I didn’t know her husband killed himself shortly after that:
and how ugly and cruel are these shows like Celebrity something-or-other (there is no rationale for watching such a show, or supporting it because however you describe your emotions you will be feeding off of its basis in viscerally public mortification). The “roasts” on comedy central were brutal to her.
Her daughter, Melissa, is in “the business” too and we see the tensions between them. Her daughter was one of those cruelly humiliated on this Celebrity show:
Joan Rivers lives high and luxuriously and this takes money. She calls her home (very fancy) a kind of Marie Antoinette place, evoking her understanding of how envy and resentment towards a woman who flaunts her riches easily rises. At the same time she has never managed to achieve the status of any of the men nor the kind of teams they have. We see how she goes anywhere — including a devastating gig in Wisconsin to a fundamentalist (Republican) type audience.
Her raw comedy is still daring for a woman and she is admonished on HBO for her use of “fuck” — which I loved her for ignoring. The men utter it all the time.
She manages to get 17 people on thanksgiving and gets in a big table. She has her few close relatives, close staff and brings in people in her building who she knows have nowhere to go and some street people she passes regularly. Before that she goes round giving out meals on wheels. She supports the children of her staff members by sending them to the best private schools.
Although the discourse is not explicitly as this is a woman’s life in the comedy business and outlook on life itself, that’s what is at its core. She’s aware of this and how as a woman she’s been in the paradoxical position of suffering from the very things she advocates.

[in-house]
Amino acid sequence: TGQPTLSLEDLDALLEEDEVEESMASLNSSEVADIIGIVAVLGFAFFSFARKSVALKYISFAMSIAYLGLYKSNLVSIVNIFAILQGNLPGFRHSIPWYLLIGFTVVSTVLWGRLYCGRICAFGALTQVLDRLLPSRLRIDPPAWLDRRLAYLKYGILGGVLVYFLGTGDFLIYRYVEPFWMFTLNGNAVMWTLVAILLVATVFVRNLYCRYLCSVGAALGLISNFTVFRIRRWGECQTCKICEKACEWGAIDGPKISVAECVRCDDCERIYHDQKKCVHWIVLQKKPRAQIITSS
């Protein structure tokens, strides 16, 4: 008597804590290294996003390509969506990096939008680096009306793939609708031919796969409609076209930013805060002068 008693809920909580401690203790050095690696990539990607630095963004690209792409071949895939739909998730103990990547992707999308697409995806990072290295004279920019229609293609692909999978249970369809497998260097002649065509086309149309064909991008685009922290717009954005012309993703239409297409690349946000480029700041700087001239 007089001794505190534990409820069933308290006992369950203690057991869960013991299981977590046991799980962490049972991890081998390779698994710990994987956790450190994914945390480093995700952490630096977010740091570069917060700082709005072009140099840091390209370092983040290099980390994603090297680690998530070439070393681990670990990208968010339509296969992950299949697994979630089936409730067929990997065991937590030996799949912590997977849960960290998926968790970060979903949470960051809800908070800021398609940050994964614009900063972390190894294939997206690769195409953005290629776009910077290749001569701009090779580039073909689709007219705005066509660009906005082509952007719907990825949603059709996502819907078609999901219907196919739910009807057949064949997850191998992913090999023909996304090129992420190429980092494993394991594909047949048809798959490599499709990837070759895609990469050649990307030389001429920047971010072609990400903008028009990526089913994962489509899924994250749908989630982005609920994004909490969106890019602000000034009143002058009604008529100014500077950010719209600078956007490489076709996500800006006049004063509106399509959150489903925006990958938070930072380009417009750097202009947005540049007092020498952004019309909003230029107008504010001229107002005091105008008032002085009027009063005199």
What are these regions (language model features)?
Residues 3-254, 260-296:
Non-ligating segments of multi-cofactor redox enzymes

It’s very hard to write and deliver comedy. She says she’s an actress, a serious one acting out a comic. Years ago in NYC she tried to make it in a play she wrote and produced. She was fiercely made fun of. Merciless. She actually moved out of NY for a time. We see her try again; she is so much older than everyone else in the crew. They do well in front of audience at Edinburgh and take it to London. The audience gives a standing ovation, but the critics are lukewarm and the words are all about their being put off by her being a woman, old, her self-centeredness, and yes her looks. How dare she think her personal life of such interest. So she does not take it to NY. Once being so mocked and castigated there was enough.
I collapsed in helpless laughter at a couple of the routines, especially the one about anal intercourse. She advises it in her routine. No pregnancy and you can do lots of other things at the same time. Read, do the bills …
Alas no one (or only a couple and in different places) in the theater laughed the way I did at these routines.
Another of the five women’s films women’s enews recomended at the opening of summer this year. Thus far I’ve managed 4 superlative ones (if you add in Merchant-Ivory-Jhabvala): Winter’s Bone, Please Give, City of Your Final Destination, and now this Joan Rivers documentary.